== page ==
Larry Pearson harbors something of an obsession with Cabernet Sauvignon. He has lived and worked in remote corners of the world (Australia, Tanzania, Bosnia, for example), first as a math and science teacher, and later as an engineer. Along the way, he added an MBA to his resume and switched professional gears to work as a management consultant. But always Pearson has turned his eye to the ideal grape. And always he has been drawn to Red Mountain in Washington State.
Pearson owns the 45-acre Tapteil Vineyard near the height of the tiny mountain, where he grows Cabernet Sauvignon, Merlot and Cabernet Franc. He’s been a grower there since 1984, making him one of the early pioneers to break ground in one of the most respected AVAs in Washington. In 1999, he added winemaking to his venture, annually producing 600 cases of premium Cabernet Sauvignon and Merlot, which he sells exclusively from the spacious tasting room he built to take advantage of the sweeping views of Red Mountain and the valley stretching to the west.
And it all started because he likes a glass of good Cabernet. For years as Pearson moved around the world, he became more and more fascinated with Washington’s nascent wine industry, and dreamed of someday owning a vineyard. “In 1982 or 1983,” he recalls, “I tasted a bottle of Chateau Ste. Michelle’s 1979 Cold Creek Vineyard Cabernet.” Pearson’s eyes glow at the memory. “I thought, wow, things are really happening here.”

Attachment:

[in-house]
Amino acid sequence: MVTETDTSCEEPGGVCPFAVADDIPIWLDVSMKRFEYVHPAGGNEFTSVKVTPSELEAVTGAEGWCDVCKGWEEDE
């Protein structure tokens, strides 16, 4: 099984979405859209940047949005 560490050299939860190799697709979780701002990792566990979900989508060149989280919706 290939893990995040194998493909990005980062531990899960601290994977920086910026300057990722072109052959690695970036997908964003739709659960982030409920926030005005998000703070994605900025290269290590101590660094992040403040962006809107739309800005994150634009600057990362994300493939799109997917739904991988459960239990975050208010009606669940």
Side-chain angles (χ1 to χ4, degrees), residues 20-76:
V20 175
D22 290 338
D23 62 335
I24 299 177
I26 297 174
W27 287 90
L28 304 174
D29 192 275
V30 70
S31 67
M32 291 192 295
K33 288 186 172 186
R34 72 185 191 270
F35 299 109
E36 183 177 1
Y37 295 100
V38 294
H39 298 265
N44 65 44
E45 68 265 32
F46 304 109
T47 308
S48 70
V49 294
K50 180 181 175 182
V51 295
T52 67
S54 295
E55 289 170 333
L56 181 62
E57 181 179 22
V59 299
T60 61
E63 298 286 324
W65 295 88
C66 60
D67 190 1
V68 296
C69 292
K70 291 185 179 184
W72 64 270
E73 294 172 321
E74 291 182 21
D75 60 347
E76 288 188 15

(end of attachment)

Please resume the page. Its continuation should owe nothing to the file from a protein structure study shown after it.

Pearson, a native of western Washington, had just landed in Seattle again after completing a master’s degree. He was already experimenting with home-winemaking, even taking home the second-place trophy for Cabernet at a local Sons of Italy competition. But now he was ready for the next step.
“I started looking for land because I wanted a vineyard to grow Cabernet Sauvignon,” he says, “but I wanted to find a place to grow the very best Cabernet. So I did some research to get my head around what it takes – soil, heat degree days, climate – all the things you need to grow the very best grapes.”
His search led him across the state to Eastern Washington. He looked at several areas, including the Horse Heaven Hills, where the Mercer family had established some of Washington’s earliest vineyards. But the hills rising above the Columbia River, along Washington’s southern border with Oregon, were a long way from his home in Seattle, and like most wine growers, Pearson had no plans to abandon his day job. (He still works as an engineer for a state agency, commuting from Red Mountain to his office across the state in Aberdeen, Washington).
So Pearson started exploring the Yakima Valley. And at every winery he visited, he asked the same question. “If you could grow Cabernet Sauvignon anywhere, where would you grow it?” Every expert he consulted pointed in the same direction. “They kept moving me further down the valley,” Pearson says, until he landed at Red Mountain.
Pearson found a parcel of land offered for sale at the top of mountain, a 24-acre site that had been divided into 1.25-acre lots, designed for residential.